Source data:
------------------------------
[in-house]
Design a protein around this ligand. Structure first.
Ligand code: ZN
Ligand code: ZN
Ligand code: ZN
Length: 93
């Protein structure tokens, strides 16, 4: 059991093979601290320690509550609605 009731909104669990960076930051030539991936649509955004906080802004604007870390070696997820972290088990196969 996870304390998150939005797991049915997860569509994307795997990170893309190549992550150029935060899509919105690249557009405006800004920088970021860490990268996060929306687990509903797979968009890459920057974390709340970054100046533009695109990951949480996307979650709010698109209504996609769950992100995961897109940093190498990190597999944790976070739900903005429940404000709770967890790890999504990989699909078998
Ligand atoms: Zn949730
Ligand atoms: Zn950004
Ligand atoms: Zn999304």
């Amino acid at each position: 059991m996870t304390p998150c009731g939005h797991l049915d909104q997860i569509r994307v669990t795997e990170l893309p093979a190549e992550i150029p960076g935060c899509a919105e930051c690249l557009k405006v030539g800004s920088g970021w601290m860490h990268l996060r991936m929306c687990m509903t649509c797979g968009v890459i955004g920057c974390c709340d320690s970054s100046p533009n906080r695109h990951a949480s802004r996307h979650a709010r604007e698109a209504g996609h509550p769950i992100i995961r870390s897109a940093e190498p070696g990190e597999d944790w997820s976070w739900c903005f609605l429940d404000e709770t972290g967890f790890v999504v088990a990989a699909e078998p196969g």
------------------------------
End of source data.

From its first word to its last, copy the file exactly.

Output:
[in-house]
Design a protein around this ligand. Structure first.
Ligand code: ZN
Ligand code: ZN
Ligand code: ZN
Length: 93
């Protein structure tokens, strides 16, 4: 059991093979601290320690509550609605 009731909104669990960076930051030539991936649509955004906080802004604007870390070696997820972290088990196969 996870304390998150939005797991049915997860569509994307795997990170893309190549992550150029935060899509919105690249557009405006800004920088970021860490990268996060929306687990509903797979968009890459920057974390709340970054100046533009695109990951949480996307979650709010698109209504996609769950992100995961897109940093190498990190597999944790976070739900903005429940404000709770967890790890999504990989699909078998
Ligand atoms: Zn949730
Ligand atoms: Zn950004
Ligand atoms: Zn999304």
């Amino acid at each position: 059991m996870t304390p998150c009731g939005h797991l049915d909104q997860i569509r994307v669990t795997e990170l893309p093979a190549e992550i150029p960076g935060c899509a919105e930051c690249l557009k405006v030539g800004s920088g970021w601290m860490h990268l996060r991936m929306c687990m509903t649509c797979g968009v890459i955004g920057c974390c709340d320690s970054s100046p533009n906080r695109h990951a949480s802004r996307h979650a709010r604007e698109a209504g996609h509550p769950i992100i995961r870390s897109a940093e190498p070696g990190e597999d944790w997820s976070w739900c903005f609605l429940d404000e709770t972290g967890f790890v999504v088990a990989a699909e078998p196969g």